Professor Tim Armstrong

Educational background

I have worked at Royal Holloway since 1995; before that I taught at the University of Sheffield for six years, at University College Cork, and at University College London, where I did my graduate work.  My BA and MA were at the University of Canterbury, New Zealand. I worked as a diplomat for a few years before starting a PhD, and in my teens I was a licenced free-diver for paua.

 

 

 

Research interests

My main research areas are Modernism, American literature, literature and technology, the body (including such areas as sexology, bodily reform, cinema, and sound); and the poetry of Thomas Hardy. For earlier books including Modernism, Technology and the Body, Haunted Hardy, and Modernism: A Cultural History, see the panel above.  My most recent book was on slavery as cultural metaphor, The Logic of Slavery: Debt, Technology and Pain in American Literature, for CUP (early sample here|). It was awarded the 2013 C. Hugh Holman Prize of the Society for the Study of Southern Literature for the best book of literary scholarship or criticism in the field of Southern literature in its year;and was a Choice outstanding academic title the same year.

Recent articles have covered modernism and mathematics, modernism and time; modernism and music; modernism and biology; and slavery in in American literature 1900-45, I am currently writing a study of modernist localism after 1926, Micromodernism.  I also have a background (and much deferred) project on the literature and culture of risk and disaster from the eighteenth to the twentieth centuries, focussing on shipwreck narratives.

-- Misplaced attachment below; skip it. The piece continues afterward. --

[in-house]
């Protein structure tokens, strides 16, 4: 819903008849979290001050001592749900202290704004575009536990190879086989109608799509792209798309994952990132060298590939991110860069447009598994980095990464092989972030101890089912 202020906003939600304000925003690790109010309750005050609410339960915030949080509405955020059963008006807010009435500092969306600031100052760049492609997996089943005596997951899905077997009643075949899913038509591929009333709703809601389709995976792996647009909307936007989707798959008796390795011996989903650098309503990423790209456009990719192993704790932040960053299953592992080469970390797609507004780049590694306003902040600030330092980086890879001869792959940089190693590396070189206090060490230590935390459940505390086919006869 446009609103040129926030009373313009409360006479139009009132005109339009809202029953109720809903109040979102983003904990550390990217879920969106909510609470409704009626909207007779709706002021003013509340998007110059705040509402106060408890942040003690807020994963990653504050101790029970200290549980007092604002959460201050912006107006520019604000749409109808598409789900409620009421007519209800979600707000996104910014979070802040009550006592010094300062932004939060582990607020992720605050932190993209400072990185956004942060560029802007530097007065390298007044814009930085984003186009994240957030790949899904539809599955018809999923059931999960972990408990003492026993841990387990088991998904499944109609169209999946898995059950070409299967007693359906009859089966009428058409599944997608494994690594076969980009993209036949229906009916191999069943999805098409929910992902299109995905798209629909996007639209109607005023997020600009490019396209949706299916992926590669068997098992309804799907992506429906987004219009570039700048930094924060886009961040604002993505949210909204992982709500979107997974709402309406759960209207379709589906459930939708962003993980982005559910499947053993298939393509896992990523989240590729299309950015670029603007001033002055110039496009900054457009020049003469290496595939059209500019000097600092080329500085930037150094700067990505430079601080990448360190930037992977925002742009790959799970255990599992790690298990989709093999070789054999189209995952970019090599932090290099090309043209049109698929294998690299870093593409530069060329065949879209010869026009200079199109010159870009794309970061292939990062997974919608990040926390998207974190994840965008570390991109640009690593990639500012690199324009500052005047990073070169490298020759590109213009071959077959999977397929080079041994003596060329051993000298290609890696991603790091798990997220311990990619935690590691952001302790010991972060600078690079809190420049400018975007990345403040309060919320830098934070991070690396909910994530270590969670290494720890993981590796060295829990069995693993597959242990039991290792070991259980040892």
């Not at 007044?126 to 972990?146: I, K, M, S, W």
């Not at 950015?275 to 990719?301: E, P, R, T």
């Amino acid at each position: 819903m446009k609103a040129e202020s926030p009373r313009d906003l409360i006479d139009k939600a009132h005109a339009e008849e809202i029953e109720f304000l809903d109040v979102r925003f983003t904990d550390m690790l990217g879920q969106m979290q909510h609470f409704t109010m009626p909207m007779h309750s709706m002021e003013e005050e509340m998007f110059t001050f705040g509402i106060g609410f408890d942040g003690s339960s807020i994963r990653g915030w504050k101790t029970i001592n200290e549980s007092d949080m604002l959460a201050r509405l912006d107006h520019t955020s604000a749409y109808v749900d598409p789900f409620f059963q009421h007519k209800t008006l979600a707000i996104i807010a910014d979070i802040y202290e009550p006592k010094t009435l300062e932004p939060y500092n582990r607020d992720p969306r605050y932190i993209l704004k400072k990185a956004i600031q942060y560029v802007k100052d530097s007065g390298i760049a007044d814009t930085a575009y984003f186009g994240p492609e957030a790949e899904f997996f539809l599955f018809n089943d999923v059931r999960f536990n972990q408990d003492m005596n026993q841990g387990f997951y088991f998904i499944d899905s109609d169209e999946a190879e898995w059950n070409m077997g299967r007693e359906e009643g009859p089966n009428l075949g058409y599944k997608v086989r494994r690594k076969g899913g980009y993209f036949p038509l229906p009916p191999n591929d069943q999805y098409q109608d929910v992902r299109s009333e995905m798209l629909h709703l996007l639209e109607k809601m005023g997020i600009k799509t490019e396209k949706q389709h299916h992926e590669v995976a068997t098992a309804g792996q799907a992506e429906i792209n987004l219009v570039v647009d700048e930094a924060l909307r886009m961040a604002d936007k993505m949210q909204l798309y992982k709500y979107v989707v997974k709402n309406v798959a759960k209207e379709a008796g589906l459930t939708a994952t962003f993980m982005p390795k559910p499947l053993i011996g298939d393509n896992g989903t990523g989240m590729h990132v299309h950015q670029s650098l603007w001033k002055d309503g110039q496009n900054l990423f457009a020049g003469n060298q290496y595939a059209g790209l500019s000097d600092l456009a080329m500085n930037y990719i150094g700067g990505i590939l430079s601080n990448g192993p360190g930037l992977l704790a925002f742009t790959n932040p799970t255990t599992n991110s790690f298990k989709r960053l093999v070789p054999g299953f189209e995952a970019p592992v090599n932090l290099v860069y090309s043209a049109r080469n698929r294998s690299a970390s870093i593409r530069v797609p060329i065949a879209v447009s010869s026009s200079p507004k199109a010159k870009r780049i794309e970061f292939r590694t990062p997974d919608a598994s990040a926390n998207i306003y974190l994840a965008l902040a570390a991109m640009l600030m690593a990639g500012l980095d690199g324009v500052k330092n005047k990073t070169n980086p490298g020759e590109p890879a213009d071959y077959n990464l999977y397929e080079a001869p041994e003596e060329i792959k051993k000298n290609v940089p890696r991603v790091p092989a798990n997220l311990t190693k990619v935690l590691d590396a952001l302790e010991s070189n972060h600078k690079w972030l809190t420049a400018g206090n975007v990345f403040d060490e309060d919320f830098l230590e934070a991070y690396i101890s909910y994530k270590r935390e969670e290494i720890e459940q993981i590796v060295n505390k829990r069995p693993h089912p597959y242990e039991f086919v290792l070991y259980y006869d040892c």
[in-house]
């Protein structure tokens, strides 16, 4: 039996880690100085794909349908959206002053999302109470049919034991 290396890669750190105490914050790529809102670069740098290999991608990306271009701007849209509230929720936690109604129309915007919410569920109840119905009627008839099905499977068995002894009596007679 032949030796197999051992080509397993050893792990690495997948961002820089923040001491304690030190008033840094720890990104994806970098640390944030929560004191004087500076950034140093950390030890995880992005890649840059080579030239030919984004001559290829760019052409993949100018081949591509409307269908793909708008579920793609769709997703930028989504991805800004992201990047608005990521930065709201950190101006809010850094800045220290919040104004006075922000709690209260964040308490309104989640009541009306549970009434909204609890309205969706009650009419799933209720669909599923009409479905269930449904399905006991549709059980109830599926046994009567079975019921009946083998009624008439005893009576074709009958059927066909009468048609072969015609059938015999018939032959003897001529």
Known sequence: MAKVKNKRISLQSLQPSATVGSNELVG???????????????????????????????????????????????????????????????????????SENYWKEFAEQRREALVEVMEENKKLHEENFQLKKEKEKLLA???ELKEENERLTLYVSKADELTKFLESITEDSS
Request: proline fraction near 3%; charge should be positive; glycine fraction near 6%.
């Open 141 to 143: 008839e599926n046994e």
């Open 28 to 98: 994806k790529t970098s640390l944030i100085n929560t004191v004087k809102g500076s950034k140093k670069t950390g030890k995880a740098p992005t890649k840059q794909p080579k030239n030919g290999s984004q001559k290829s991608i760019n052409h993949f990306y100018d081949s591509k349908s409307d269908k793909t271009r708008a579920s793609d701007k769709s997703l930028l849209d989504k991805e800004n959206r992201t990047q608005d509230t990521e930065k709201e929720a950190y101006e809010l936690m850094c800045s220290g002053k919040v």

I am co-editor of the Edinburgh University Press series Edinburgh Critical Studies in Modernist Culture, and one of the organizers of the London Modernism Seminar, now well into its third decade.  I am currently chair of the British Association for Modernist Studies (BAMS).

Full list of publications here.   Some of my work can be read on my academia.edu page.

 

Supervision

I welcome applications from prospective PhD students in all areas of twentieth-century literature, especially modernism and American Literature. I have supervised 25 research degrees to completion, and usually have around 3-4 supervisees (I've also examined over 60 PhDs).  Current and recent areas of supervision include lesbian modernism, modernism and fashion, modernism and visual culture, African-American literature, post-9/11 fiction, Kathy Acker, Virginia Woolf, and Gertrude Stein.

 

Teaching

I teach Modernism on the MA English Literature and courses including Introducing America, The American Century, Dark Reform (on American satire and the reform mode), Odysseus' Scar: Time in Modern Literature, and African American Literature|

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